Gold prices are set to rise next week, buoyed by the uncertainty in the financial markets following the Canadian and European central bank actions.
But the gold markets could witness some consolidation following a strong start to the year, analysts said.
Traders will be tracking the US Federal Reserve's monetary policy decision, due on 28 January, and its impact on the US dollar next week.
The demand for dollar-denominated commodities such as gold typically weakens on a stronger greenback as it makes the metal more expensive for holders of other currencies, lowering its hedge appeal.
Capital Economics said it was bullish on gold heading into next week, stating that recent global central banks' moves had sparked some uncertainty in the financial markets.
The firm added that lower bond yields, and negative bond yields in Europe, will continue to support the gold market next week.
Howard Wen, commodity analyst from HSBC, told Kitco News that because of its strong momentum, gold prices do have room to climb higher, but that he expects the market to see a bit of consolidation after a rally in prices this year.
Ole Hansen, head of commodity strategy at Saxo Bank, told Kitco that the metal should maintain its momentum as long as it holds above the 200-day moving average, which comes in at $1,256.40 an ounce.
Colin Cieszynski, chief market strategist at CMC Markets said: "Gold could do well next week if the [US Federal Reserve] comes out more neutral than expected. That would be the surprise for markets.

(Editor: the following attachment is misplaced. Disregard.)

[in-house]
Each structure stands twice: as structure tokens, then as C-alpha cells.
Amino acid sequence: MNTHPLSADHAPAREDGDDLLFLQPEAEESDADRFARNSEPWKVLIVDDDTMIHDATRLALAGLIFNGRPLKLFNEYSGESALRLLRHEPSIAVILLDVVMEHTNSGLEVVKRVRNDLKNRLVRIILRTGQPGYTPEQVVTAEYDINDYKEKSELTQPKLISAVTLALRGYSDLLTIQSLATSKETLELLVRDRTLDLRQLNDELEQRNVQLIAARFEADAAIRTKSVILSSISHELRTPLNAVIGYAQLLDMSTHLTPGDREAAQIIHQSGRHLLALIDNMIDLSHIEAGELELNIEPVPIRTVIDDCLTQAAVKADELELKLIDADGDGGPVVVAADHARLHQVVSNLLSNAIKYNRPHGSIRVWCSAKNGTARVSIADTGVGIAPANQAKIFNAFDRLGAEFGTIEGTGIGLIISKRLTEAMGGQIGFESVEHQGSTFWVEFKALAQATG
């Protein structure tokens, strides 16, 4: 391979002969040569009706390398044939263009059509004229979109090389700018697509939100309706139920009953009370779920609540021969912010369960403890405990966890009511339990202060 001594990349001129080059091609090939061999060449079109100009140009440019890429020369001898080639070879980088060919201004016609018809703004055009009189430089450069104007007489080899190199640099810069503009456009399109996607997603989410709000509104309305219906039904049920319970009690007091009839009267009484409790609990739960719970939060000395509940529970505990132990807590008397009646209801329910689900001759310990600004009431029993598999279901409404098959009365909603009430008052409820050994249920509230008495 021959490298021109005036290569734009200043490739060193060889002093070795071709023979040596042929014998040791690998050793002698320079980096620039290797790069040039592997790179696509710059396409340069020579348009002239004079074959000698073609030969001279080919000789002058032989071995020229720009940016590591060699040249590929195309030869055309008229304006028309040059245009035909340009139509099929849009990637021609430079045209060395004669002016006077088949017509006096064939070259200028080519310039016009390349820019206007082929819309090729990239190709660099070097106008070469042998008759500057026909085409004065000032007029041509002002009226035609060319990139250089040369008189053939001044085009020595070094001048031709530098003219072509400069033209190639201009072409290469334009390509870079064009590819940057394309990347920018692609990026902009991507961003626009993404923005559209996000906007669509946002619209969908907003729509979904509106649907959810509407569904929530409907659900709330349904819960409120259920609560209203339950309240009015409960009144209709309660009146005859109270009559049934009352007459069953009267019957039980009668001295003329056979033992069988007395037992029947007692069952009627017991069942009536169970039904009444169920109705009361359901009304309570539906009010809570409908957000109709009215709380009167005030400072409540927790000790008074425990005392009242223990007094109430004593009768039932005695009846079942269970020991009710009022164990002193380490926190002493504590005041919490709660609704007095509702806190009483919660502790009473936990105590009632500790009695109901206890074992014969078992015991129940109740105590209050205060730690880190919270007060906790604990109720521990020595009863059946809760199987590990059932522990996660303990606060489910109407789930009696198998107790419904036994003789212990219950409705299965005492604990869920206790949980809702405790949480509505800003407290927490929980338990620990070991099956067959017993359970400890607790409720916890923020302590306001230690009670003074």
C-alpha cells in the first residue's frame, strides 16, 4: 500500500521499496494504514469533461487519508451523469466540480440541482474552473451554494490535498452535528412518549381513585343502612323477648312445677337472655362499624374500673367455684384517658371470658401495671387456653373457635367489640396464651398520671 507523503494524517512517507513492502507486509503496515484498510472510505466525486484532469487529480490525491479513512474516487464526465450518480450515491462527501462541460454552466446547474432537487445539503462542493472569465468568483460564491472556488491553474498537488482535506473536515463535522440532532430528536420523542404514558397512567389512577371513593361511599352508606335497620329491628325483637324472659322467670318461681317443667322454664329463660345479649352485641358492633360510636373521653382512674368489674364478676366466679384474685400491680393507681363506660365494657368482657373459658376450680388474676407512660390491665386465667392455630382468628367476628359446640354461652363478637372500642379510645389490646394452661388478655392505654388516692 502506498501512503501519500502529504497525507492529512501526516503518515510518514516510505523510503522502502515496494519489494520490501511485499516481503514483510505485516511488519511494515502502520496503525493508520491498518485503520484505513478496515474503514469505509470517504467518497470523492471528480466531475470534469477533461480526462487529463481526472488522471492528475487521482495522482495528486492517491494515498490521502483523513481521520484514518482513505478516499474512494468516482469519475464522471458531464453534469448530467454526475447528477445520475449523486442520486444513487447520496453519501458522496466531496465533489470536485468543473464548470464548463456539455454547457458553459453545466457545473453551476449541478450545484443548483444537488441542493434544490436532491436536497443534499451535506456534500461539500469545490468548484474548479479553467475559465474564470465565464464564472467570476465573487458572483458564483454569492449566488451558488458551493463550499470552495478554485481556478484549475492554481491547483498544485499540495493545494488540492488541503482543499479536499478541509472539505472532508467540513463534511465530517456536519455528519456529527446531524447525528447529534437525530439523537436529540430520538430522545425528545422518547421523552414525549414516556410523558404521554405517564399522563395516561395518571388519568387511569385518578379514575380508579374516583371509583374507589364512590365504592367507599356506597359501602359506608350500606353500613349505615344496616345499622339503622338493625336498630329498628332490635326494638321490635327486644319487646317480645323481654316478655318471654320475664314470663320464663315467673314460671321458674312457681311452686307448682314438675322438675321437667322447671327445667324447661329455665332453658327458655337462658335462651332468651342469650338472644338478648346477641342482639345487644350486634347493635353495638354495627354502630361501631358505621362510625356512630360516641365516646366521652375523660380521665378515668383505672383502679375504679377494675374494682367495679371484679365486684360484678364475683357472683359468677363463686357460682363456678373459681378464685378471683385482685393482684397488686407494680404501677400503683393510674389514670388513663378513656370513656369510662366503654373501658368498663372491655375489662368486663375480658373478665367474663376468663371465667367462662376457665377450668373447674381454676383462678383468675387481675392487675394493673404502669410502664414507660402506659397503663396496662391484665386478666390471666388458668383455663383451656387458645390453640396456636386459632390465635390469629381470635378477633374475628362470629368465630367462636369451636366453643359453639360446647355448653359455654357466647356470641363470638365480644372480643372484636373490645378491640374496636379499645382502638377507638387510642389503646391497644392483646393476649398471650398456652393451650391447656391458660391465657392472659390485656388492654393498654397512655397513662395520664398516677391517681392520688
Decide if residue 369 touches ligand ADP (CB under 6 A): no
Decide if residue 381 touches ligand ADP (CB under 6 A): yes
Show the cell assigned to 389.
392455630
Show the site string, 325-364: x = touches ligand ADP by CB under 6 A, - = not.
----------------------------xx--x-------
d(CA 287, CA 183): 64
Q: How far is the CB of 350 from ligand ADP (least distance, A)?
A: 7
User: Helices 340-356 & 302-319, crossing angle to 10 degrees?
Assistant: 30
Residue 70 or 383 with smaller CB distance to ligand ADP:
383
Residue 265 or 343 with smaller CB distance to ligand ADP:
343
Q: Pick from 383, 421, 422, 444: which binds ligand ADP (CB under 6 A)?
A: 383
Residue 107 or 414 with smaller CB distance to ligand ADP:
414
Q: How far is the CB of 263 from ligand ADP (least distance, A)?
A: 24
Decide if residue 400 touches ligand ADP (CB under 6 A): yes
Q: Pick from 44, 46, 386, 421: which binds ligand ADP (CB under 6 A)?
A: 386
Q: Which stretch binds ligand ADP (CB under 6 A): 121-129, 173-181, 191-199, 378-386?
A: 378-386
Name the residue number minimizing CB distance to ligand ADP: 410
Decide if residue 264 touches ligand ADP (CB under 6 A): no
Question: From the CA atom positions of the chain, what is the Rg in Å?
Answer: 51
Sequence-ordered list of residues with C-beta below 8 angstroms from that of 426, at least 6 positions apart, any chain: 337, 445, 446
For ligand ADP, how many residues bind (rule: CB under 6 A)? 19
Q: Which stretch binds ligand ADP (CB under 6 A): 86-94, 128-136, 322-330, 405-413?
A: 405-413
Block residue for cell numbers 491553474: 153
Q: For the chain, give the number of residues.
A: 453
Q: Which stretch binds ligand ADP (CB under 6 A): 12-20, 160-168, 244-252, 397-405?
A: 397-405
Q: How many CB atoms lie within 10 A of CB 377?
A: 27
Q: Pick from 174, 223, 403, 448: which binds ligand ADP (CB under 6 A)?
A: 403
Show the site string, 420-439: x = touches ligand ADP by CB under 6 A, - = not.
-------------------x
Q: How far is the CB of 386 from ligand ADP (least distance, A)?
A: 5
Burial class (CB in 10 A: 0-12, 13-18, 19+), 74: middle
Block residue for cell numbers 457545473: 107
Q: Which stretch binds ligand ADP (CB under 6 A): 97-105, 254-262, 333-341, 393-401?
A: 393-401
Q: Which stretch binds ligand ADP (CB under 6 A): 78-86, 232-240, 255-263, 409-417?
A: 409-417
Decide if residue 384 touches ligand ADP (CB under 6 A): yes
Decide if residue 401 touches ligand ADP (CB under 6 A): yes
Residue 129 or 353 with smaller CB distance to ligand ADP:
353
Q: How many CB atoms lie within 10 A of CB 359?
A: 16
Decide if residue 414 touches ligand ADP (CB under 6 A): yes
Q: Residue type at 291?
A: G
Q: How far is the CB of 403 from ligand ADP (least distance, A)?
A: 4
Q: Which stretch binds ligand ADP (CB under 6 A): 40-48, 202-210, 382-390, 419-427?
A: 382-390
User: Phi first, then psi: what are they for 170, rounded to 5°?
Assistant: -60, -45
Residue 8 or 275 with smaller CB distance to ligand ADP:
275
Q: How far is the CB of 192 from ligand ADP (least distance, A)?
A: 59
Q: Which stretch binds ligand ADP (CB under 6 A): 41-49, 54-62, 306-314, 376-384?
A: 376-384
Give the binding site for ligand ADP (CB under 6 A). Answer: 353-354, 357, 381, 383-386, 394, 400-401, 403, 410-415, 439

"I don't think they will. The [Federal Reserve] has room to raise rates and I think they should, just so they have room to lower them again if they need to."
US gold futures for delivery in February finished at 1,292.60 an ounce on 23 January.
Prices gained some 1% for the week as a whole.
Earlier, the World Bank (WB) forecast that prices will see moderate declines in 2015.
The WB, in a report released on 22 January, said it expects gold prices to average around $1,240 an ounce in 2015 and at about $1,225 an ounce in 2016.
The WB said the entire metals complex is "expected to decline 5.3% in 2015 on top of last year's 6.6% decline," adding that precious metal prices, particularly, will see another small decline owing to lower investment demand and reduced purchases from China and India, the top two gold consumers.
Spot gold prices have gained some 10% so far this year.